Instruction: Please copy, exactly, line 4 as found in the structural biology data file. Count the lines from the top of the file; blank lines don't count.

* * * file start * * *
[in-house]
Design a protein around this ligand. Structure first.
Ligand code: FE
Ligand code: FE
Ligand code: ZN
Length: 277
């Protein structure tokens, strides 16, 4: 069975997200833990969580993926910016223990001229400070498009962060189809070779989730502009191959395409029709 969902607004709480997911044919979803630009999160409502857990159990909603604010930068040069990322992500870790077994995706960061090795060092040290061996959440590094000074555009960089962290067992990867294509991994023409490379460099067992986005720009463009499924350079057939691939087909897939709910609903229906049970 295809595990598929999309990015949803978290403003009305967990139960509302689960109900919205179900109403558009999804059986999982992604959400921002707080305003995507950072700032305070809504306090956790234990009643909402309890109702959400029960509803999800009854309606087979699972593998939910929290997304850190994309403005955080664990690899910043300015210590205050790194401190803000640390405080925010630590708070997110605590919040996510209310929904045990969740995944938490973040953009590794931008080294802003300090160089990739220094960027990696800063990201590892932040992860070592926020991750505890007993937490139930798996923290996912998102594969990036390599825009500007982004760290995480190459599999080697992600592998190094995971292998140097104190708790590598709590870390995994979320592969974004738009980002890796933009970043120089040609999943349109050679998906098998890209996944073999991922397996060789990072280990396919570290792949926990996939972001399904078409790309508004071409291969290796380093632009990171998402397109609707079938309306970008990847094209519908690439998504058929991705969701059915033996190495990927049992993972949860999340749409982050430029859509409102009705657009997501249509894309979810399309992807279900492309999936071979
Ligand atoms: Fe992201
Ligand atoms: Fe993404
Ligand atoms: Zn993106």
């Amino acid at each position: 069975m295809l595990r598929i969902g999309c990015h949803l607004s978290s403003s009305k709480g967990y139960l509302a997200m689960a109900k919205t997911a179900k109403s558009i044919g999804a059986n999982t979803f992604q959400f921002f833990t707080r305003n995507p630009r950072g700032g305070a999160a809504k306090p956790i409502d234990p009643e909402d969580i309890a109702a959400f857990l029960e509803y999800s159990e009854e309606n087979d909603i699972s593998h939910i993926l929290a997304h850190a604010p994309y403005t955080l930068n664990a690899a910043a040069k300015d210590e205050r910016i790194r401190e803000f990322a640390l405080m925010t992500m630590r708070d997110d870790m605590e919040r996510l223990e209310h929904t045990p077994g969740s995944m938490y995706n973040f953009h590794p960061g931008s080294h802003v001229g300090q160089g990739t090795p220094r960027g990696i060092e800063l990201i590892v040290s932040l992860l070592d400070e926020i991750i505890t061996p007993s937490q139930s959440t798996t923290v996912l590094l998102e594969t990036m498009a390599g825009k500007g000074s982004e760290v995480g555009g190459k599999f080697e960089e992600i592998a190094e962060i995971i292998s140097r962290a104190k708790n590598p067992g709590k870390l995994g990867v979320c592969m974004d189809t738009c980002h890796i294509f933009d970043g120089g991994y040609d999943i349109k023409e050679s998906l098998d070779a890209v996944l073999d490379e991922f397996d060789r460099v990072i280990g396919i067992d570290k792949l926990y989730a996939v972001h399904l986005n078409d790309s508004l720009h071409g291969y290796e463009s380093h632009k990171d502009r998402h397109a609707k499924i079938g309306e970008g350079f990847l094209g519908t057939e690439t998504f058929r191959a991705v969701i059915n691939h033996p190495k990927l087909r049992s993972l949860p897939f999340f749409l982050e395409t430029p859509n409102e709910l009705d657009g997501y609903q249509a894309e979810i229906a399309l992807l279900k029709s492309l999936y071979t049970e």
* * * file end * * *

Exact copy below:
Ligand code: FE